Assemblywoman Lifton has met with mortgage bankers in her district and discusses their difficulty in selling locally originated mortgages into the secondary mortgage market. They've told her they are each turning down 6-10 mortgage applications per week. According to a presentation by Tompkins Trust Company, a New York State bank, the secondary mortgage market requires that nothing "interfere with the use and enjoyment of any present or proposed improvements or the balance of the mortgaged premises," or the property's marketability or value. The lender goes on to say that a mortgage may be possible if the property is sufficiently large to ensure that any natural gas activity could be 5 acres away from the homesite for conventional financing, or 10 acres for FHA. That leaves out of a lot of homebuyers and sellers, since there is a substantial risk that natural gas production on one's property could interfere with the use, enjoyment, value or marketability of a home....

...[Lifton] also reports that homeowners may lose their title insurance. According to the Tompkins Trust Company presentation, most New York State title insurance policies do not cover properties where there are structures more than 35 feet tall, storage of machinery, equipment or industrial supplies, or any commercial activity. So even if someone has cash to buy a house and doesn't need a mortgage, very few people would likely buy it without title insurance.

The blogger finishes up with

*For an explanation of forced pooling, I recommend a recent ProPublica article on the topic.

All righty then.

Is it just me or do I detect a slight odor of gleefulness about the Switchboard post, a sort of schadenfreude at the situation of property owners unsuccessfully trying to sell and recover their equity and of potential buyers unable to acquire what may be their dream home? I've maintained that all of this concern for the environment—the global warmingclimate change stuff, the fracking stuff, the sustainability stuff—is as much about control as anything else...about telling others how to live their lives, about how to use or dispose of their property and so on, because let's face it—some people just plain know better than the rest of us.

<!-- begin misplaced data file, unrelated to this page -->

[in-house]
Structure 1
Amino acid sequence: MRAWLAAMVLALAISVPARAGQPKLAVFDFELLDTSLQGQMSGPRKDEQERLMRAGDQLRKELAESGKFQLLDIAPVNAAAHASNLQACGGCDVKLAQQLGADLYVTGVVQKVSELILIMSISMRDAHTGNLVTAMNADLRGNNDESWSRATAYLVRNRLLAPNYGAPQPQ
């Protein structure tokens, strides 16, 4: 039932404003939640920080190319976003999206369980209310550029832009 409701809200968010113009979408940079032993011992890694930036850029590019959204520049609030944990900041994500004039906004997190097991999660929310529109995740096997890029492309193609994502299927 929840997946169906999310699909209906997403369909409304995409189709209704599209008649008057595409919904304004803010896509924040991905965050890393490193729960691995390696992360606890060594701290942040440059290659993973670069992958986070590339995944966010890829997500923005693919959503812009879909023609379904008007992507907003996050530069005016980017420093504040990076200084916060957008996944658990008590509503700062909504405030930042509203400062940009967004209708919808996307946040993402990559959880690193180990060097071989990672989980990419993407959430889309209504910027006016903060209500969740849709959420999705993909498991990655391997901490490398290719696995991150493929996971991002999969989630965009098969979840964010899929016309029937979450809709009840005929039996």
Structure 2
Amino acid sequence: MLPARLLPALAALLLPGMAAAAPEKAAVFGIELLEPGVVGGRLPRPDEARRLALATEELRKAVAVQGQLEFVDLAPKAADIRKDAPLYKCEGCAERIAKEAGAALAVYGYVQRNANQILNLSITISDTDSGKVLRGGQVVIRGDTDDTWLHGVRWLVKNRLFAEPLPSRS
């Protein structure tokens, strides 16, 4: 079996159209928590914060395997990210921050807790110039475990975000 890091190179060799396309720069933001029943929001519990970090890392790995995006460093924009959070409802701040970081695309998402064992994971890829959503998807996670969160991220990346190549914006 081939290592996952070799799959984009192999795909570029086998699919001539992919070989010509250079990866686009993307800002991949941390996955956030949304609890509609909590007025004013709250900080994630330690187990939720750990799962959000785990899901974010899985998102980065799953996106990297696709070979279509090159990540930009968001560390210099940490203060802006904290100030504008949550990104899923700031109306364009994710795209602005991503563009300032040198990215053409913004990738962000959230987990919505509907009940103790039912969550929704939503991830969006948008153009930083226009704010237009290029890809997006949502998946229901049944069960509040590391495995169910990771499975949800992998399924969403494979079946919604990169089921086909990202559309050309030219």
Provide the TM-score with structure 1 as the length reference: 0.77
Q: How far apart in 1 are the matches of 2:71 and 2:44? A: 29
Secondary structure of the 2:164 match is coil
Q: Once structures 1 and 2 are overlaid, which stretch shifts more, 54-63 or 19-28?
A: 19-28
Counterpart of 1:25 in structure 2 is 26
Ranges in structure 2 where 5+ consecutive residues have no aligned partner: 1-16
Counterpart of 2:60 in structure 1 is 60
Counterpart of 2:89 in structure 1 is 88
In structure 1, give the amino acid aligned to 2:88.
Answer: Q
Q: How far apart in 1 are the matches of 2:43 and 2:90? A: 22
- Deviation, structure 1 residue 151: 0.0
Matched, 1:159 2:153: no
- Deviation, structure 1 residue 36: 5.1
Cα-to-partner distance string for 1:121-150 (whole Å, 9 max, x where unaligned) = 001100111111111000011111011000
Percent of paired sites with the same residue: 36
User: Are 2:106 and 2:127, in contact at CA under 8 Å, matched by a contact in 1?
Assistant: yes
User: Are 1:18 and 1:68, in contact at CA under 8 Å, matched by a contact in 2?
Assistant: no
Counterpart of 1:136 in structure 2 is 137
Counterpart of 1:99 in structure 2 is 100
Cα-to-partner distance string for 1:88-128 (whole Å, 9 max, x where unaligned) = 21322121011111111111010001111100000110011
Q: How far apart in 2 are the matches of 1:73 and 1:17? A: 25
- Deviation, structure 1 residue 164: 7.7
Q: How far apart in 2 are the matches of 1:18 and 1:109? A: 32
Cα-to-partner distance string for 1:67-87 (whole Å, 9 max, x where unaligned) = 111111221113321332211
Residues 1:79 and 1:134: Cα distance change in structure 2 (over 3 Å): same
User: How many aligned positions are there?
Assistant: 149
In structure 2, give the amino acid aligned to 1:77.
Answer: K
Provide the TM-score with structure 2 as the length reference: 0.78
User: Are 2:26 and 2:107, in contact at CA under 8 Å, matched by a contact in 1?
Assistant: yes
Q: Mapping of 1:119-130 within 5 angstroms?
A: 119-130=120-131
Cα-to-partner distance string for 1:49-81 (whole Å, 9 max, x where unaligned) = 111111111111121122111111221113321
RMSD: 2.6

This is nothing less that an all-out attack on the concept of private property. Do many of us put up with it because we're deathly afraid of appearing to be politically incorrect? Yes. And this state of affairs has been a long time in the making; another name for political correctness is cultural Marxism...and it really will be the death of us if we don't snap out of it:


And on a related note: Remember this from a couple of weeks ago?

Once again, South of 5 and 20 highlights the utter hypocrisy of holding private industry to a standard that government can only dream of attaining...and all at taxpayer expense.